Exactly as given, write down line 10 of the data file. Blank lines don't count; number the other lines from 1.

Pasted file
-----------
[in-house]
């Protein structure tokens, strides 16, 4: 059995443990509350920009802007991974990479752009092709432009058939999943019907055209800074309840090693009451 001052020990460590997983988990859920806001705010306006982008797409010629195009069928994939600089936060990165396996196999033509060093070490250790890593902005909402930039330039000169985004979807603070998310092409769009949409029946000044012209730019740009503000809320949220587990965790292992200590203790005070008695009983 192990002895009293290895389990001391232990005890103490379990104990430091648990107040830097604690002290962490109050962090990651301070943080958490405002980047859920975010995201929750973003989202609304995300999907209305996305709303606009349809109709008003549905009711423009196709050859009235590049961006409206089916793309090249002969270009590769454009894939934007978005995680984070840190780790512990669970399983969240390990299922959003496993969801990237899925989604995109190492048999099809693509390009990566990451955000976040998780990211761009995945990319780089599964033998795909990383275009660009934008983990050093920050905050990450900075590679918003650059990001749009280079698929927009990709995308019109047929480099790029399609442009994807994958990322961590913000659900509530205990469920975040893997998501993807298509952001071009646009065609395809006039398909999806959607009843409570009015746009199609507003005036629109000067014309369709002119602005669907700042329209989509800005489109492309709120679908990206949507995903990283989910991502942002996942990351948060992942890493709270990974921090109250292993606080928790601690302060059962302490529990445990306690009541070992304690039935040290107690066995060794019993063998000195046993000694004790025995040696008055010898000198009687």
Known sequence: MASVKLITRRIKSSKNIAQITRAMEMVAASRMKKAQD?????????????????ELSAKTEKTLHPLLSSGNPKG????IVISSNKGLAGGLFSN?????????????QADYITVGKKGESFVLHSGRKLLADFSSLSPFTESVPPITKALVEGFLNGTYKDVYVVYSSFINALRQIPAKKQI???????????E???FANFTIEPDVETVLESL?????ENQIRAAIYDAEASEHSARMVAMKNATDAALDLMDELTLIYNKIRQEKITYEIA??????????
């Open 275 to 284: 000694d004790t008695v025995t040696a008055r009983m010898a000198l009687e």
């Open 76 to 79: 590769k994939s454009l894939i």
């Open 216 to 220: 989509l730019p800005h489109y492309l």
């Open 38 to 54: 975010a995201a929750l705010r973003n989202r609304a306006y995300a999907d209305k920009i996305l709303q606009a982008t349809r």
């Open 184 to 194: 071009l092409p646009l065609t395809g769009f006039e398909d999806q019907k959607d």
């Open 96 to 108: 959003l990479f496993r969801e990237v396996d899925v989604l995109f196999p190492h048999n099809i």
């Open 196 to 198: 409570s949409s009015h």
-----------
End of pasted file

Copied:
């Open 196 to 198: 409570s949409s009015h």